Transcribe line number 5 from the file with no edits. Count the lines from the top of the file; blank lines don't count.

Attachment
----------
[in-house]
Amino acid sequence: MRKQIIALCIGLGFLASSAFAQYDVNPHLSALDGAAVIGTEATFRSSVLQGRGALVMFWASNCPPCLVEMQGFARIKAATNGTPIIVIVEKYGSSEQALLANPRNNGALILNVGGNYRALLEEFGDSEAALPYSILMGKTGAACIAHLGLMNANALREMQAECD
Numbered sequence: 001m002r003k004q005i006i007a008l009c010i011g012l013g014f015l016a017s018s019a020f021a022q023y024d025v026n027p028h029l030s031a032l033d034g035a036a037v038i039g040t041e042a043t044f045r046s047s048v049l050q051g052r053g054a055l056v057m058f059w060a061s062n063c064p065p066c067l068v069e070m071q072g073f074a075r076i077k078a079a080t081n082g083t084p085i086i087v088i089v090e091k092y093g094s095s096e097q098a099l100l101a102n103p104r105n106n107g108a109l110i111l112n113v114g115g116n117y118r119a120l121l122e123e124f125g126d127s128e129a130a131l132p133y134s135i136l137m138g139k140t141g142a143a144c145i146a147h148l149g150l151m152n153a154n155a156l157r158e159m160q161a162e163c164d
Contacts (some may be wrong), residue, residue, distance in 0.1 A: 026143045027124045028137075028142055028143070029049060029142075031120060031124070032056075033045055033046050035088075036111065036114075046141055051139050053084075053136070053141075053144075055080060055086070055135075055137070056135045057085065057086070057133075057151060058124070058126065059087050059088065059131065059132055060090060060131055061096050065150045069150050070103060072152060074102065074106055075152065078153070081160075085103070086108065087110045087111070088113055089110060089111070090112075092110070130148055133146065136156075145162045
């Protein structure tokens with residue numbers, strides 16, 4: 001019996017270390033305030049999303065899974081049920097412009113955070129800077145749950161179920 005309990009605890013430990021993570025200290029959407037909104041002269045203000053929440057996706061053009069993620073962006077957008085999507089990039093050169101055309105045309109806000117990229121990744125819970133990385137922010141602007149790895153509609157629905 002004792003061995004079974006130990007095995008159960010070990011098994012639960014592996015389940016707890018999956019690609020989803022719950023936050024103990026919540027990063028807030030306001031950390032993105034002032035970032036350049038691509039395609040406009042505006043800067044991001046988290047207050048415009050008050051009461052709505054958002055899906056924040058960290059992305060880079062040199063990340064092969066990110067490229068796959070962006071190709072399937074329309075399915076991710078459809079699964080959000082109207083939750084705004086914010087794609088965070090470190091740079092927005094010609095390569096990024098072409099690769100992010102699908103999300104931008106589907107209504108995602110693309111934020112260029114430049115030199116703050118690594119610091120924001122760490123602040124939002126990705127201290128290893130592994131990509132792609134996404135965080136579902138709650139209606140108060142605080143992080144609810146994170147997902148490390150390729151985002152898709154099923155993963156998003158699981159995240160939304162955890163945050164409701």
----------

């Protein structure tokens with residue numbers, strides 16, 4: 001019996017270390033305030049999303065899974081049920097412009113955070129800077145749950161179920 005309990009605890013430990021993570025200290029959407037909104041002269045203000053929440057996706061053009069993620073962006077957008085999507089990039093050169101055309105045309109806000117990229121990744125819970133990385137922010141602007149790895153509609157629905 002004792003061995004079974006130990007095995008159960010070990011098994012639960014592996015389940016707890018999956019690609020989803022719950023936050024103990026919540027990063028807030030306001031950390032993105034002032035970032036350049038691509039395609040406009042505006043800067044991001046988290047207050048415009050008050051009461052709505054958002055899906056924040058960290059992305060880079062040199063990340064092969066990110067490229068796959070962006071190709072399937074329309075399915076991710078459809079699964080959000082109207083939750084705004086914010087794609088965070090470190091740079092927005094010609095390569096990024098072409099690769100992010102699908103999300104931008106589907107209504108995602110693309111934020112260029114430049115030199116703050118690594119610091120924001122760490123602040124939002126990705127201290128290893130592994131990509132792609134996404135965080136579902138709650139209606140108060142605080143992080144609810146994170147997902148490390150390729151985002152898709154099923155993963156998003158699981159995240160939304162955890163945050164409701």